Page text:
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ATD 2012 - Draft Thread V

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Old
02-16-2012, 03:10 PM
  #301
Hobnobs
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Originally Posted by BenchBrawl View Post
I don't think it's unrealistic to think that Boyle can play decent 2nd pairing EV minutes , with a clear bias toward offense but without being a liability in his own end. (and play on the first PP wave)
I love the fact that the only GM whos not trying to argue for this players
"awesome defense" is the GM that took him. You obviously know why you took him and his strengths and weaknesses.

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02-16-2012, 03:12 PM
  #302
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The Mooseheads are pleased to select Don McKenney, C/LW, to anchor a two-way third line.

PMing next.

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02-16-2012, 03:14 PM
  #303
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Originally Posted by Sturminator View Post
How about you sit and spin?



If you have watched the playoff games, then you should know that Boyle has been consistently the best Shark (or player) on the ice in the playoffs. Boyle is a very good even strength defenseman. I don't know what his defensive reputation is outside of San Jose. Maybe people think he sucks defensively because he doesn't do much penalty killing? But to suggest that he is a poor even strength player or one of the worst defensive defensemen in the ATD is simply uninformed. Among 2nd pairing offensive D, Boyle is easily better than Gonchar and Housley defensively, and I've little doubt he is better than Hollett, Svedberg, Pratt and Egan...and that's just the guys who have already been drafted. Once we get into 3rd pairing guys, there will be many more. If you want 2nd pairing comparables beyond Suter, Boyle is on about the same level as Rafalski and Carlyle, yet nobody calls them powerplay specialists. There will be many worse defensive defensemen drafted in this thing when all is said and done.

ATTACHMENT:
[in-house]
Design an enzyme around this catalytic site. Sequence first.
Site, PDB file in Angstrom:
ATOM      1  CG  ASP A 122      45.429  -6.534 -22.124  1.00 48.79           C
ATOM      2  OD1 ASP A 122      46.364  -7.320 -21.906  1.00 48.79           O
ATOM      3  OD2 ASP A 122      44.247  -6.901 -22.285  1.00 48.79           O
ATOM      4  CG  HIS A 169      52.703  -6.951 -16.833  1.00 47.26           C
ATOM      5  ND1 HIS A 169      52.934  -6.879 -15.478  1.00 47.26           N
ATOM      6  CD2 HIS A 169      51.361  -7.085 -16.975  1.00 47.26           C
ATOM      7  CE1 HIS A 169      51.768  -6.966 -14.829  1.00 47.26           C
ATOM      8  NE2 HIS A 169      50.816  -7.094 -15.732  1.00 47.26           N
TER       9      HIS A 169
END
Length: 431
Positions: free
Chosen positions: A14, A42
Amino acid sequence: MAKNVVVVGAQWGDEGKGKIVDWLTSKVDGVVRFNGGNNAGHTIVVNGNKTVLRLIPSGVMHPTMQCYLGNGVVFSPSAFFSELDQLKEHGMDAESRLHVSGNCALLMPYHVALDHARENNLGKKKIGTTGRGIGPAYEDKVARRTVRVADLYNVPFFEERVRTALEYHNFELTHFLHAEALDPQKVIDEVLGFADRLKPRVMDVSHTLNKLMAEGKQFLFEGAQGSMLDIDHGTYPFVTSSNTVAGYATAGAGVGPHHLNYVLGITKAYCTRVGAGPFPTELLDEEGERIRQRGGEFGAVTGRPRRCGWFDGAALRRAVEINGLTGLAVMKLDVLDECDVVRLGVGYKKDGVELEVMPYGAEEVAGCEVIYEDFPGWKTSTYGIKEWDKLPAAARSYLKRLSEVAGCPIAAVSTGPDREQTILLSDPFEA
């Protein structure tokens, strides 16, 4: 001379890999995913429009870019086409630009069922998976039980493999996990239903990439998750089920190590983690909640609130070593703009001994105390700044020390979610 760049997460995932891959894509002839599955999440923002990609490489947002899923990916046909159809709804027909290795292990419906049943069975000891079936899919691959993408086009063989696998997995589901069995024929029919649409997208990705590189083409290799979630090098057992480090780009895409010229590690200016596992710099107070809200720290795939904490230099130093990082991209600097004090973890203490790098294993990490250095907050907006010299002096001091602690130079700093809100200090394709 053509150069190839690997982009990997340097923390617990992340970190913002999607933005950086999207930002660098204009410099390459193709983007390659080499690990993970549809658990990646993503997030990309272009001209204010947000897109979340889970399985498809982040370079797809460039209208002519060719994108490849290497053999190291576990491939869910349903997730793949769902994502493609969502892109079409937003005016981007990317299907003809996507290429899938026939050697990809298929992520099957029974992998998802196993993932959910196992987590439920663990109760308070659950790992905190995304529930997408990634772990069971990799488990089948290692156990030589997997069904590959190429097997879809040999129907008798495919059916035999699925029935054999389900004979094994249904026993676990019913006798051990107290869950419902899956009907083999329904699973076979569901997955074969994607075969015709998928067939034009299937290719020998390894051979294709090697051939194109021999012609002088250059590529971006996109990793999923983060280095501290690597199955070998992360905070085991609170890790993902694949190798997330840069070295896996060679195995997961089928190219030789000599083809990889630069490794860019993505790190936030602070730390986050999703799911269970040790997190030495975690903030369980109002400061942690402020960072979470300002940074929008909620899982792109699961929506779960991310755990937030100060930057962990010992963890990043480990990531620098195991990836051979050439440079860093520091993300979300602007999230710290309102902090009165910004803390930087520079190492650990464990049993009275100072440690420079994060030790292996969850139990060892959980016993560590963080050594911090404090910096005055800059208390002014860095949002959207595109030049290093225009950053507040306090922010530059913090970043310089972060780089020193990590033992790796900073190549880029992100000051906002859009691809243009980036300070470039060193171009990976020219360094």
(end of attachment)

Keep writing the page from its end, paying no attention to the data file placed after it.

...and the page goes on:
I would absolutely call Rafalski a powerplay specialist at this level - moreso than Boyle.

As for Boyle, I think everything you say about him in San Jose is true, but he spent the majority of his career (still) in Tampa Bay, where his defense ranged from poor to adequate (so averages out to somewhat below average). I think over the course of his career, his defense has been "pretty good" on average, but "pretty good" in the NHL is below average for an ATD top 4 defenseman.

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02-16-2012, 03:15 PM
  #304
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Quote:
Originally Posted by markrander87 View Post
It really is amazing the things these guys try and come up with to disprove my players. I see Hedberg already touched on it, but how can you possibly use a goaltender playing countless scoreless Overtimes periods as a negative against him.
WTF are you talking about? It affects my goaltender exactly as much as yours. You're not the only guy with a 1920's/30's goalie who played a lot of deep overtime games in the playoffs. In 1933, for instance, Thompson played NINE overtime periods in a 5-game series, including a 1-0 loss in the 6th overtime period of the final game. Thompson and Hainsworth actually played the same amount of overtime periods in their NHL playoff careers.

Mark, my man, you have a serious persecution complex. Not everything in the universe is conspiring against you. In the immortal words of Arnold Swarzenegger: CHILL OUT.


Last edited by arrbez: 02-16-2012 at 03:27 PM.
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Old
02-16-2012, 03:18 PM
  #305
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Originally Posted by jarek View Post
The goalies also didn't have to wear 300 pound body armor like they do these days, so theoretically at least, I feel like the goalies likely didn't get fatigued as much as the other players.
It's the reverse. Modern goaltending equipment is much lighter than Hainsworth's pads were (it's about 40 lbs total). Old pads also absorbed water, making them significantly heavier as the game went on.

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Old
02-16-2012, 03:20 PM
  #306
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Originally Posted by Sturminator View Post
Jesus...are you really this arrogant? Let me put it this way: among 2nd pairing offensive defensemen, Boyle is about average defensively. He is a perfectly acceptable defensive player in his role. You compare him mostly to defensive defensemen as if that is at all relevant.

To take a totally random example of two players I have seen, Dan Boyle is a better defenseman than Jimmy Watson ever was, but looking only at defense, sure, Watson was better. Not that it means anything. Calling Boyle a powerplay specialist or a defensive liability is simply uninformed.
Jeez, testy today.

If you only take 2nd pairing “offensive” defensemen (i.e. choose 32 of them, one from each pairing based on who was more “offensive”) then he would be closer to the middle than he would if you chose all 64. But I still don’t see him being in the middle. You are free to try this exercise once all 2nd pairing defensemen are drafted.